2. Protect your plugins

Plugins are an easy way for a hacker to get access to your blog if they’ve got flaws in them. An easy way for hackers to find out which plugins you’re using is to go to /wp-content/plugins/, and they’ll find all the plugins that you’re using. The solution? Put a blank index.html file in the wp-content/plugins/ folder.

via 10 Easy Ways to Secure your WordPress Blog.

Continue reading...

The Year of Original Content: How to Fight Back Against Abusers | The Blog Herald

admin » 11 May 2009 » In HTML Stuff » Comments Off

Protest Loudly Against Spam Blogs to Those Who Host Them

Report specific scam, scraper, and spam blogs to those who host them. Blogging about it won’t change anything. Go to the sources and those who host them.

Demand Google’s Blogspot/Blogger or, and other blog and social media hosting services to clean up their sites and remove all spam blogs and help you fight back against copyright infringements and plagiarism. It’s their responsibility, so remind them.

via The Year of Original Content: How to Fight Back Against Abusers | The Blog Herald.

Continue reading...

Prevent content theft: Copyscape / Fair Share / Tracer

admin » 24 April 2009 » In HTML Stuff » Comments Off



You can call Copyscape a ‘content theft search engine’. All you have to do is go to the site and type in your blog’s URL, and it scours the internet for websites and blogs that have either stolen or quoted your blog’s content. You can then decide on further course of action by contacting the plagiarist or the web host. Copyscape also provides a premium account using which you can do unlimited searches, copy and paste a block of text to look for its copies on the web, etc.

Visit Copyscape

Fair Share


Most of blog content theft these days happens using automated RSS Feed scraping. You can go to Fair Share and type in your blog feed URL. Their engine searches for plagiarised content and provides you with an RSS feed that links to the scrapers’ sites, so that you can keep an eye on the plagiarists from your feed reader itself.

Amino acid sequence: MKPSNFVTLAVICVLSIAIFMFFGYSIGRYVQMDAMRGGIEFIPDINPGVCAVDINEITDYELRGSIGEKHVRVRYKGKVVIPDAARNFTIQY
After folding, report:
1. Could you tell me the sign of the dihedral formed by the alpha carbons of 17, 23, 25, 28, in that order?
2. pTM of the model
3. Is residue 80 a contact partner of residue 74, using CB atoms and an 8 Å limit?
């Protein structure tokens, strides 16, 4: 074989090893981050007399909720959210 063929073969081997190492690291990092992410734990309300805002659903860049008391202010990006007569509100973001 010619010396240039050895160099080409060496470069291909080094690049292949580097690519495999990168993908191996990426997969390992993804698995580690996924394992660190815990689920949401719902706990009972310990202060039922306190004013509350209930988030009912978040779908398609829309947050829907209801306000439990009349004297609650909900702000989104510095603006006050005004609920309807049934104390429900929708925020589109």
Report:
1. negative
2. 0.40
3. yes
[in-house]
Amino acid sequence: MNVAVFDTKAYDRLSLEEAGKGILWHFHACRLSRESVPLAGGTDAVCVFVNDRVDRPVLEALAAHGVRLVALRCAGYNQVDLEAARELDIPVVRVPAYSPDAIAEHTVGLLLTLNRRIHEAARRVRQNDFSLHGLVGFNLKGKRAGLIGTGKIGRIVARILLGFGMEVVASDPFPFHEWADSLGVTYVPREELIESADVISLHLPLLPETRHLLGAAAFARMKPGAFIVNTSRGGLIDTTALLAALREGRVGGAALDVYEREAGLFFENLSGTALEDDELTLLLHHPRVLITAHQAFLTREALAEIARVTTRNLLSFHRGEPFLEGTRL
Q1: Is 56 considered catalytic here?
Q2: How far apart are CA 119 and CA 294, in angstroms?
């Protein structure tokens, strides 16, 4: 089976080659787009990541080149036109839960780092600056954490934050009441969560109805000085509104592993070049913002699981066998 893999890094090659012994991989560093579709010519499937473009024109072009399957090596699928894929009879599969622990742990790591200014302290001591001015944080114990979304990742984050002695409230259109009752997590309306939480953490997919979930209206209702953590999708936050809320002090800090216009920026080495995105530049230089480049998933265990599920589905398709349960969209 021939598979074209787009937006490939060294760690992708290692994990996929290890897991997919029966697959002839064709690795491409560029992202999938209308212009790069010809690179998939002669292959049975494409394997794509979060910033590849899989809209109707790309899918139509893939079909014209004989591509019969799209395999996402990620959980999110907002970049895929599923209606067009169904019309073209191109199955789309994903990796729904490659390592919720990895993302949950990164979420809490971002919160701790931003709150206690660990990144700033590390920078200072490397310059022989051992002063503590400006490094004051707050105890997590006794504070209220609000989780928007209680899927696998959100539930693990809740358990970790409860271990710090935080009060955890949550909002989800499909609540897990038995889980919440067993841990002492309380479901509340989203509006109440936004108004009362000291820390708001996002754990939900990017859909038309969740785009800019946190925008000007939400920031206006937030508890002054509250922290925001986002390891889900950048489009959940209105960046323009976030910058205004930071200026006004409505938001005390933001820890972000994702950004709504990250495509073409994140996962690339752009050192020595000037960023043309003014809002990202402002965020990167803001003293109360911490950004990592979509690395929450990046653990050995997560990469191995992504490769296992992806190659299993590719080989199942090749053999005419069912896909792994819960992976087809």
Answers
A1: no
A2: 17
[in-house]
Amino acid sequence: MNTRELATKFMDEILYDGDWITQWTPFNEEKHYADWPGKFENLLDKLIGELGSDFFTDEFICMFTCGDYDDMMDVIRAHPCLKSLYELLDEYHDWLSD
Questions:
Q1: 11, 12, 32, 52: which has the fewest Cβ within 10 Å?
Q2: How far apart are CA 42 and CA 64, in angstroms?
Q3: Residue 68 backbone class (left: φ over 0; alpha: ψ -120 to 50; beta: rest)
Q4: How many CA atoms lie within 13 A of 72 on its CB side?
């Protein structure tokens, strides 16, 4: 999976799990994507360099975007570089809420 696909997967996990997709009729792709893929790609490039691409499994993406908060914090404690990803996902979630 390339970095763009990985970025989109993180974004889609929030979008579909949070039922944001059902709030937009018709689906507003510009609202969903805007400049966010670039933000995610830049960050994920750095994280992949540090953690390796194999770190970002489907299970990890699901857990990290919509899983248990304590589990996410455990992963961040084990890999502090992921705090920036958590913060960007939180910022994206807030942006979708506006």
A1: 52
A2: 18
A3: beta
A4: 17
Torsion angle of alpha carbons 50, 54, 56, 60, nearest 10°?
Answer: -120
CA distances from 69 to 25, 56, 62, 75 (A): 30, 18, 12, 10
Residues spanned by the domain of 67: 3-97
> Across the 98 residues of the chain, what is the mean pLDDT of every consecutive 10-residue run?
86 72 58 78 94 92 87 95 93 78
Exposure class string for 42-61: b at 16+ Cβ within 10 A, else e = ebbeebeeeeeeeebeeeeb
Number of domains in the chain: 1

Visit Fair Share


copy paste

Tracer is a pretty aggressive way to track content theft and it works only after you install its gadget or code in your blog. It then tracks user activity just like an analytics program, looking for copy paste activities on your blog. When somebody copies your content and pastes it, the pasted text is automatically accompanied by a link to your blog. Have a look at the screenshot above for an instance where the pasted text is followed by the source link.

Visit Tracer

Continue reading...

A Deeper Look At Robots.txt

admin » 20 April 2009 » In HTML Stuff » Comments Off

Robots.txt syntax

* User-Agent: the robot the following rule applies to (e.g. “Googlebot,” etc.)

* Disallow: the pages you want to block the bots from accessing (as many disallow lines as needed)

* Noindex: the pages you want a search engine to block AND not index (or de-index if previously indexed). Unofficially supported by Google; unsupported by Yahoo and Live Search.

* Each User-Agent/Disallow group should be separated by a blank line; however no blank lines should exist within a group (between the User-agent line and the last Disallow).

* The hash symbol (#) may be used for comments within a robots.txt file, where everything after # on that line will be ignored. May be used either for whole lines or end of lines.

* Directories and filenames are case-sensitive: “private”, “Private”, and “PRIVATE” are all uniquely different to search engines.

Let’s look at an example robots.txt file. The example below includes:

* The robot called “Googlebot” has nothing disallowed and may go anywhere

* The entire site is closed off to the robot called “msnbot”;

* All robots (other than Googlebot) should not visit the /tmp/ directory or directories or files called /logs, as explained with comments, e.g., tmp.htm, /logs or logs.php.

via A Deeper Look At Robots.txt.

Continue reading...

 Page 1 of 3  1  2  3 »